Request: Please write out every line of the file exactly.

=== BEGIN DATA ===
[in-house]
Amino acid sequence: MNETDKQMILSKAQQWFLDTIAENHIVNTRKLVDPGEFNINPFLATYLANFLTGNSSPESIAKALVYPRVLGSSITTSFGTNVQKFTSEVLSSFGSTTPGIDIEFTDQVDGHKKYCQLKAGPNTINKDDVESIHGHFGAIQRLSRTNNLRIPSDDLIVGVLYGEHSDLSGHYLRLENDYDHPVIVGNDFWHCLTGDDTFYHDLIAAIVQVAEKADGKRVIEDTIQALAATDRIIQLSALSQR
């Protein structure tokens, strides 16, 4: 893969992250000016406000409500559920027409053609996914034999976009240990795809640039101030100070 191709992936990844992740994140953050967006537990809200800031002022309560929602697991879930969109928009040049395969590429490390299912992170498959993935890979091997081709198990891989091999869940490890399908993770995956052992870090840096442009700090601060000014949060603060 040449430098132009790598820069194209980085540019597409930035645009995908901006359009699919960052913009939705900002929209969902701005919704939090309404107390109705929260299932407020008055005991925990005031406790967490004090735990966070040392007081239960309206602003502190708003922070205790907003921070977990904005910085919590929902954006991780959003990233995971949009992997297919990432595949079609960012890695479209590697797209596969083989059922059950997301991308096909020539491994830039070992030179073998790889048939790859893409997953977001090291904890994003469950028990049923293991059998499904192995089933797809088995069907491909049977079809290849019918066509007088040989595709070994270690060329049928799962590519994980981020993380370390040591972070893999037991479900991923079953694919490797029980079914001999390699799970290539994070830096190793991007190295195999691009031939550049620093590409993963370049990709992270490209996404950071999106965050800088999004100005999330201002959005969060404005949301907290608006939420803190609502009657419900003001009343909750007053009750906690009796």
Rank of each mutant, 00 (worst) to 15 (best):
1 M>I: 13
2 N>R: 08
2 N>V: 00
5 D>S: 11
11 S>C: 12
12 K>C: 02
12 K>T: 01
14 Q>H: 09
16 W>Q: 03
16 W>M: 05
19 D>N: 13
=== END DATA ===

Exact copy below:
[in-house]
Amino acid sequence: MNETDKQMILSKAQQWFLDTIAENHIVNTRKLVDPGEFNINPFLATYLANFLTGNSSPESIAKALVYPRVLGSSITTSFGTNVQKFTSEVLSSFGSTTPGIDIEFTDQVDGHKKYCQLKAGPNTINKDDVESIHGHFGAIQRLSRTNNLRIPSDDLIVGVLYGEHSDLSGHYLRLENDYDHPVIVGNDFWHCLTGDDTFYHDLIAAIVQVAEKADGKRVIEDTIQALAATDRIIQLSALSQR
């Protein structure tokens, strides 16, 4: 893969992250000016406000409500559920027409053609996914034999976009240990795809640039101030100070 191709992936990844992740994140953050967006537990809200800031002022309560929602697991879930969109928009040049395969590429490390299912992170498959993935890979091997081709198990891989091999869940490890399908993770995956052992870090840096442009700090601060000014949060603060 040449430098132009790598820069194209980085540019597409930035645009995908901006359009699919960052913009939705900002929209969902701005919704939090309404107390109705929260299932407020008055005991925990005031406790967490004090735990966070040392007081239960309206602003502190708003922070205790907003921070977990904005910085919590929902954006991780959003990233995971949009992997297919990432595949079609960012890695479209590697797209596969083989059922059950997301991308096909020539491994830039070992030179073998790889048939790859893409997953977001090291904890994003469950028990049923293991059998499904192995089933797809088995069907491909049977079809290849019918066509007088040989595709070994270690060329049928799962590519994980981020993380370390040591972070893999037991479900991923079953694919490797029980079914001999390699799970290539994070830096190793991007190295195999691009031939550049620093590409993963370049990709992270490209996404950071999106965050800088999004100005999330201002959005969060404005949301907290608006939420803190609502009657419900003001009343909750007053009750906690009796």
Rank of each mutant, 00 (worst) to 15 (best):
1 M>I: 13
2 N>R: 08
2 N>V: 00
5 D>S: 11
11 S>C: 12
12 K>C: 02
12 K>T: 01
14 Q>H: 09
16 W>Q: 03
16 W>M: 05
19 D>N: 13